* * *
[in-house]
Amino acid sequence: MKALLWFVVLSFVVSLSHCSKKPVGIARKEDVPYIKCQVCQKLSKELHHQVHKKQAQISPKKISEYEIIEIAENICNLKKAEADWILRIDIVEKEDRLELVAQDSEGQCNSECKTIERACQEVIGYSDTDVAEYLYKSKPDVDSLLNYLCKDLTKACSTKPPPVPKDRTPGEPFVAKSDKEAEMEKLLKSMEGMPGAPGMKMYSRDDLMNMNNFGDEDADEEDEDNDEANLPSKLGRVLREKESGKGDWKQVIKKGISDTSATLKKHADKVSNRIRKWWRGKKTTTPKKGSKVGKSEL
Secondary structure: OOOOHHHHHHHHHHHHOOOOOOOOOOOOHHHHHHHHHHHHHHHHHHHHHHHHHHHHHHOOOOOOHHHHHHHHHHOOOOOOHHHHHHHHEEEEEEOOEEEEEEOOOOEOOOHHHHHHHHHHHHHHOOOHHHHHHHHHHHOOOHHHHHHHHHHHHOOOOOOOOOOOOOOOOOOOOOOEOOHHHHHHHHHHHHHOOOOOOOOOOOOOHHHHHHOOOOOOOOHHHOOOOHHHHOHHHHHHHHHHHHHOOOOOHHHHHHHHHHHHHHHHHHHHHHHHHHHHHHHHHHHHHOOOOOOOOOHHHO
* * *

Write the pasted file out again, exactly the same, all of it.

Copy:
[in-house]
Amino acid sequence: MKALLWFVVLSFVVSLSHCSKKPVGIARKEDVPYIKCQVCQKLSKELHHQVHKKQAQISPKKISEYEIIEIAENICNLKKAEADWILRIDIVEKEDRLELVAQDSEGQCNSECKTIERACQEVIGYSDTDVAEYLYKSKPDVDSLLNYLCKDLTKACSTKPPPVPKDRTPGEPFVAKSDKEAEMEKLLKSMEGMPGAPGMKMYSRDDLMNMNNFGDEDADEEDEDNDEANLPSKLGRVLREKESGKGDWKQVIKKGISDTSATLKKHADKVSNRIRKWWRGKKTTTPKKGSKVGKSEL
Secondary structure: OOOOHHHHHHHHHHHHOOOOOOOOOOOOHHHHHHHHHHHHHHHHHHHHHHHHHHHHHHOOOOOOHHHHHHHHHHOOOOOOHHHHHHHHEEEEEEOOEEEEEEOOOOEOOOHHHHHHHHHHHHHHOOOHHHHHHHHHHHOOOHHHHHHHHHHHHOOOOOOOOOOOOOOOOOOOOOOEOOHHHHHHHHHHHHHOOOOOOOOOOOOOHHHHHHOOOOOOOOHHHOOOOHHHHOHHHHHHHHHHHHHOOOOOHHHHHHHHHHHHHHHHHHHHHHHHHHHHHHHHHHHHHOOOOOOOOOHHHO